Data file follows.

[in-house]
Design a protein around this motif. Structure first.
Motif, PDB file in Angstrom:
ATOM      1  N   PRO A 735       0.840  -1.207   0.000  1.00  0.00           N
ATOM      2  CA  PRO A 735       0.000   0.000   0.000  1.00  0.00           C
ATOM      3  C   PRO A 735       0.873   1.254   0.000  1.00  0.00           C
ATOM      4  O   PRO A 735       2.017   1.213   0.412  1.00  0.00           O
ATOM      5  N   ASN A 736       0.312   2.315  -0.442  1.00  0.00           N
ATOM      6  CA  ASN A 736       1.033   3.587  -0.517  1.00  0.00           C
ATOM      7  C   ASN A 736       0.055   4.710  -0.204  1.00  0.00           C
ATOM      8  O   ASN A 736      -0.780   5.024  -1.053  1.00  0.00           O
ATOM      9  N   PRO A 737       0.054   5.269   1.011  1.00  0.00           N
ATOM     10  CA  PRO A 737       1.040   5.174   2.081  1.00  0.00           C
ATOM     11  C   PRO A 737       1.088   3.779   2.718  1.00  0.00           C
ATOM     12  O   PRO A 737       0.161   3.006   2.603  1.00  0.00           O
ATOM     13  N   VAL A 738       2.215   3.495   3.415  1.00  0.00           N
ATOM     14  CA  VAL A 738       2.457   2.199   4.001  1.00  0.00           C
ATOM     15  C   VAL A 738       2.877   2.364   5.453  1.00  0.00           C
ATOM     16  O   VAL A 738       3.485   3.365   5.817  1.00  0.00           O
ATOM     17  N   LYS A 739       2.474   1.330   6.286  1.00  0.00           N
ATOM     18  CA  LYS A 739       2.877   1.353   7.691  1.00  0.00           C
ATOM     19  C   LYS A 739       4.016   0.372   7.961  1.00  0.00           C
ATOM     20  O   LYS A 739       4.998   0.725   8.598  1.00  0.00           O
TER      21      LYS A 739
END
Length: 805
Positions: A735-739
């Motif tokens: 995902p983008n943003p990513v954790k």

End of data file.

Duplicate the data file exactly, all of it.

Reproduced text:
[in-house]
Design a protein around this motif. Structure first.
Motif, PDB file in Angstrom:
ATOM      1  N   PRO A 735       0.840  -1.207   0.000  1.00  0.00           N
ATOM      2  CA  PRO A 735       0.000   0.000   0.000  1.00  0.00           C
ATOM      3  C   PRO A 735       0.873   1.254   0.000  1.00  0.00           C
ATOM      4  O   PRO A 735       2.017   1.213   0.412  1.00  0.00           O
ATOM      5  N   ASN A 736       0.312   2.315  -0.442  1.00  0.00           N
ATOM      6  CA  ASN A 736       1.033   3.587  -0.517  1.00  0.00           C
ATOM      7  C   ASN A 736       0.055   4.710  -0.204  1.00  0.00           C
ATOM      8  O   ASN A 736      -0.780   5.024  -1.053  1.00  0.00           O
ATOM      9  N   PRO A 737       0.054   5.269   1.011  1.00  0.00           N
ATOM     10  CA  PRO A 737       1.040   5.174   2.081  1.00  0.00           C
ATOM     11  C   PRO A 737       1.088   3.779   2.718  1.00  0.00           C
ATOM     12  O   PRO A 737       0.161   3.006   2.603  1.00  0.00           O
ATOM     13  N   VAL A 738       2.215   3.495   3.415  1.00  0.00           N
ATOM     14  CA  VAL A 738       2.457   2.199   4.001  1.00  0.00           C
ATOM     15  C   VAL A 738       2.877   2.364   5.453  1.00  0.00           C
ATOM     16  O   VAL A 738       3.485   3.365   5.817  1.00  0.00           O
ATOM     17  N   LYS A 739       2.474   1.330   6.286  1.00  0.00           N
ATOM     18  CA  LYS A 739       2.877   1.353   7.691  1.00  0.00           C
ATOM     19  C   LYS A 739       4.016   0.372   7.961  1.00  0.00           C
ATOM     20  O   LYS A 739       4.998   0.725   8.598  1.00  0.00           O
TER      21      LYS A 739
END
Length: 805
Positions: A735-739
């Motif tokens: 995902p983008n943003p990513v954790k």